Don’t be taken by surprise when platforms and investors you speak to pre-offer ask you this question, and make sure you have a good answer up your sleeve. Here are a few potential “good reasons” to get you thinking (of course, make sure what you say is actually true!):

  • We wanted to get the benefits of a large shareholder base, by seeking investment from lots of smaller backers, rather than a few larger ones
  • Our type of business isn’t hugely scaleable. It can be profitable, but the lead investors we reached out to were looking for a company that might go on to a large exit
  • We spoke to potential lead investors, but they focus on different industries than ours
  • The lead investors we spoke to would be more interested at a later stage of our growth
  1. Do more extensive valuation analysis

Entrepreneurs are optimistic. That’s why they’re entrepreneurs – they see the future as a place filled with success under a big, bright blue sky. Consequently, left to their own devices, they tend to over- value their company.

One thing that a lead investor typically does is bring the entrepreneur down to earth. Through negotiation, they provide a sensible valuation under which an investment is commercially acceptable. While a lower valuation may sound like a downer, having someone negotiate a fair valuation with the entrepreneur gives comfort over the terms to other investors, and leads to a greater chance of successfully raising the money.

If you run a crowdfunding offer without negotiating with a lead investor, you need to instead justify your valuation another way. Bringing in an external company valuation expert is one way to do this.

Looking at the valuations achieved in comparable past crowdfunding offers is another. Look for ways to produce the proof that your valuation is the result of robust thinking, and not just a number plucked out of thin air.

Remember that the outcome of crowdfunding is inherently self-regulating – if you use the fact you’ve got no lead investor as an excuse to set an inflated valuation, you stand a good chance of investors rejecting your offer.

  1. More engagement with your customers and other relationships

Campaigns that can do without a lead investor tend to be B2C companies selling something with high brand engagement, easily understood by the average person. Food and beverage, cosmetics, consumer electronics… that sort of thing.

When a campaign doesn’t have a lead investor, it needs to cast a wider net and use these channels more than ever. Your best source of funds becomes those who already know about, use, and love your product.

  1. Get them to commit early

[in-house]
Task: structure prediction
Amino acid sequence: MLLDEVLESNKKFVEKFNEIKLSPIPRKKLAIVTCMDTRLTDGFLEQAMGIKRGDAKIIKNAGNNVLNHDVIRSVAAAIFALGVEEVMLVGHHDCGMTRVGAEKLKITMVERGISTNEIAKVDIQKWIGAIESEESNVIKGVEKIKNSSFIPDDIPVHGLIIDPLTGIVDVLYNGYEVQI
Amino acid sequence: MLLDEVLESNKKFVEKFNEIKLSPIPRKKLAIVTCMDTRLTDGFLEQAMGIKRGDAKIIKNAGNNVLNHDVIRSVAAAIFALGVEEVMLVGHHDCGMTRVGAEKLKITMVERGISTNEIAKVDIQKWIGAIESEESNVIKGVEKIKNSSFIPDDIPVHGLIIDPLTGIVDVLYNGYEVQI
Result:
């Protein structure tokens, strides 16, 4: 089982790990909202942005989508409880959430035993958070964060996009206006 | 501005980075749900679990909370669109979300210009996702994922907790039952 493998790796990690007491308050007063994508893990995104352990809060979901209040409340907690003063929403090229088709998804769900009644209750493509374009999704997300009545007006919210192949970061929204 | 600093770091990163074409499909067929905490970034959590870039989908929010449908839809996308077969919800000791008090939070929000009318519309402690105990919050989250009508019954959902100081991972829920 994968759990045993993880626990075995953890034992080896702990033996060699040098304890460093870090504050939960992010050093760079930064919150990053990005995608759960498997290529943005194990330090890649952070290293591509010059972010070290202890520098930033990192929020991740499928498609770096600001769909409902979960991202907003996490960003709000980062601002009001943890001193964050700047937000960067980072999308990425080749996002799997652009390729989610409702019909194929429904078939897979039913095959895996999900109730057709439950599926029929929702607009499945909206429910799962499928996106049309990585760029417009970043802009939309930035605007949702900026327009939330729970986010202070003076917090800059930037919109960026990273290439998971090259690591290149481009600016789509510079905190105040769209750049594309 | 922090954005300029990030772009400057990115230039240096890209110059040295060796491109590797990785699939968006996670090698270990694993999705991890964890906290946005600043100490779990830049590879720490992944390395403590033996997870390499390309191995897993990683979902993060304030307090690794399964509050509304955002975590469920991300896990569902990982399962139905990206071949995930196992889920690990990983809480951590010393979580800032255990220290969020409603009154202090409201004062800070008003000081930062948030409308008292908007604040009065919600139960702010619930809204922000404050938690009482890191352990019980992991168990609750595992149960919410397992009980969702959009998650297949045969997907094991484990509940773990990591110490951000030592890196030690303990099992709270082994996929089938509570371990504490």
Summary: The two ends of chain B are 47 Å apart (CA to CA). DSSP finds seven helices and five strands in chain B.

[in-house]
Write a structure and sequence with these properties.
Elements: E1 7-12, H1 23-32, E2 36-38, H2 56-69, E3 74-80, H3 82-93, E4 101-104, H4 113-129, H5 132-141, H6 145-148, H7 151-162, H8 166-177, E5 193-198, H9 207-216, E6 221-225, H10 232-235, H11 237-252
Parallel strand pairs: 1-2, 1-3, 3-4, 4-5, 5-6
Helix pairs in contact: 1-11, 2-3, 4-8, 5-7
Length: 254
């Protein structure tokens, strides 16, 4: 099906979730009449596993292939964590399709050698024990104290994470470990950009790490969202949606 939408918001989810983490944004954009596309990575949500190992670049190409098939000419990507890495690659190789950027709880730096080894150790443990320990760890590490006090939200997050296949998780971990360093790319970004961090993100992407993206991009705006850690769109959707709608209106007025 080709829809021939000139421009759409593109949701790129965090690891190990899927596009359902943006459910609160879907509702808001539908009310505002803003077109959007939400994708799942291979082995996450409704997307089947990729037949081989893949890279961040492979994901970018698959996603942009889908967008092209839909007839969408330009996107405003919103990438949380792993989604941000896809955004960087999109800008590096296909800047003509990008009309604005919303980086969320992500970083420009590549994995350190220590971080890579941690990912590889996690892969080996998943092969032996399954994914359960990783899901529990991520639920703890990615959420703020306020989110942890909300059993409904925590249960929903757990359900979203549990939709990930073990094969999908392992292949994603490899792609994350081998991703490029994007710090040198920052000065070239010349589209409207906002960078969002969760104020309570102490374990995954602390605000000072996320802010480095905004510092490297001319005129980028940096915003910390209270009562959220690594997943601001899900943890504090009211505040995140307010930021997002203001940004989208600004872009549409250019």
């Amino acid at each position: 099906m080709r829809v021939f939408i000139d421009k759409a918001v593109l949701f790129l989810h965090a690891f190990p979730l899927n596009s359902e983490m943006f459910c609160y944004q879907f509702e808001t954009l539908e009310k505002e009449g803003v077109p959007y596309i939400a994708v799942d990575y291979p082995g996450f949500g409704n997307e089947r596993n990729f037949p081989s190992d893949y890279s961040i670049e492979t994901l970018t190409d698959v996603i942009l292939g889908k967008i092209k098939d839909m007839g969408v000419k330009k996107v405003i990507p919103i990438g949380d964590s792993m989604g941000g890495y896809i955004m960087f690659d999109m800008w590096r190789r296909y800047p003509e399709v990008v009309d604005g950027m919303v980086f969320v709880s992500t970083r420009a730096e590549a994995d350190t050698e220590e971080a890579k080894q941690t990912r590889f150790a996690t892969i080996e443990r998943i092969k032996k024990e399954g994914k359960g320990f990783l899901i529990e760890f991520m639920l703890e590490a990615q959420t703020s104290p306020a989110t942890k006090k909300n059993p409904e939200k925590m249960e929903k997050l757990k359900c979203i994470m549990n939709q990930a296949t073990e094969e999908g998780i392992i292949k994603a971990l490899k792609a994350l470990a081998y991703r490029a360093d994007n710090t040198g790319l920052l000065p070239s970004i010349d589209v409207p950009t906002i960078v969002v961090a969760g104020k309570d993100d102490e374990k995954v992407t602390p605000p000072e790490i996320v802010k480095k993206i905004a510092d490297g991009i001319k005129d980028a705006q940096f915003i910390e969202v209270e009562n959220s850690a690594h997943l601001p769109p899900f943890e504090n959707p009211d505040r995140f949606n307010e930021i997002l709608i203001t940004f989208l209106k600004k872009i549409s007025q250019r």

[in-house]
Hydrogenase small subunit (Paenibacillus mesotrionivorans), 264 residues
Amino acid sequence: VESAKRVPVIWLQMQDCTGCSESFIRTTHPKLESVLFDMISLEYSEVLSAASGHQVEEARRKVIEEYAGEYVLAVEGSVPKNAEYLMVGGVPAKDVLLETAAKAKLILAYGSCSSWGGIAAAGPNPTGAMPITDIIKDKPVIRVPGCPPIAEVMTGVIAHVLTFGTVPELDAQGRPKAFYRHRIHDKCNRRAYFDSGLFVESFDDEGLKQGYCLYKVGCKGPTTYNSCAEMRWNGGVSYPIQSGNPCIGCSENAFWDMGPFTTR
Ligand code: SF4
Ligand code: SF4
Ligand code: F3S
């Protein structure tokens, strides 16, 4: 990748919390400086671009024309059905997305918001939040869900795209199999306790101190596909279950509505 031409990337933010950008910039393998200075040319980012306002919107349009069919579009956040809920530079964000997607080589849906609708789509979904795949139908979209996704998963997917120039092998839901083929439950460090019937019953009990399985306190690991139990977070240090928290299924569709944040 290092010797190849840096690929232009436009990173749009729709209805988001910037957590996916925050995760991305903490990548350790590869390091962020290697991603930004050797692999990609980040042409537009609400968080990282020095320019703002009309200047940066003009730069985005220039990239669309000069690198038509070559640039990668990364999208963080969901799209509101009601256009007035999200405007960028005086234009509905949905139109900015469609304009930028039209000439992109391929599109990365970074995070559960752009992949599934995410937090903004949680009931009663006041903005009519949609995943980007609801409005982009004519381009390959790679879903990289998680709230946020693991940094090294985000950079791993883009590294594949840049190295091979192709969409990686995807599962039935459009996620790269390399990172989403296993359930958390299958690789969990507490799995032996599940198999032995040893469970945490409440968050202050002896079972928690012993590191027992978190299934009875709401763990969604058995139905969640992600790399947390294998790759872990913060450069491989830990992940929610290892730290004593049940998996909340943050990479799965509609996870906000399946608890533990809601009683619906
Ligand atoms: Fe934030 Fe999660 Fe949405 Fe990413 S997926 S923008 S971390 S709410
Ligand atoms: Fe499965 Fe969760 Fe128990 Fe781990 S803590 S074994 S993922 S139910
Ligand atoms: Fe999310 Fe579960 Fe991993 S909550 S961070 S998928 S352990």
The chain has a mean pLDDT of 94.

The value of momentum is fundamental to all investments, especially in crowdfunding. If your offer can’t rely on a single large investor to generate this momentum, you will instead need to do it through lots more pre-commitments from smaller investors. Hustle, hustle, hustle.

Critically, you need to get people to sign up as close to the start of your offer as possible. In many equity crowdfunding campaigns there is no real incentive to do so – investors can wait until the last possible moment to decide whether to invest or not, with no penalty. This is a big problem for campaigners, because if everyone waits until the last minute, an offer doesn’t benefit from the positive perception that comes when the amount raised is constantly ticking upward.

To incentivise early commitments, try offering special rewards to investors who back your campaign on Day 1, and gradually decrease these rewards for people who sign up later and later in the offer.

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Plenty of equity crowdfunding offers have raised money with no lead investor, so don’t be discouraged if you can’t secure one. It can be done! Yes, you will need to work harder, and work smarter. But within every setback lies opportunity. Keep moving towards the outcome you want.


About Author

About Author

Nathan Rose

Nathan Rose is the bestselling author of Rewards Crowdfunding: The Kickstarter & Indiegogo Guide For Campaign Creators. Today, he runs the website, to help creators from all over the world use rewards crowdfunding to gain marketing exposure and raise money at the same time.

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1 Comment

  1. E.

    Great article Nathan! Thx for sharing! #Crowdfunding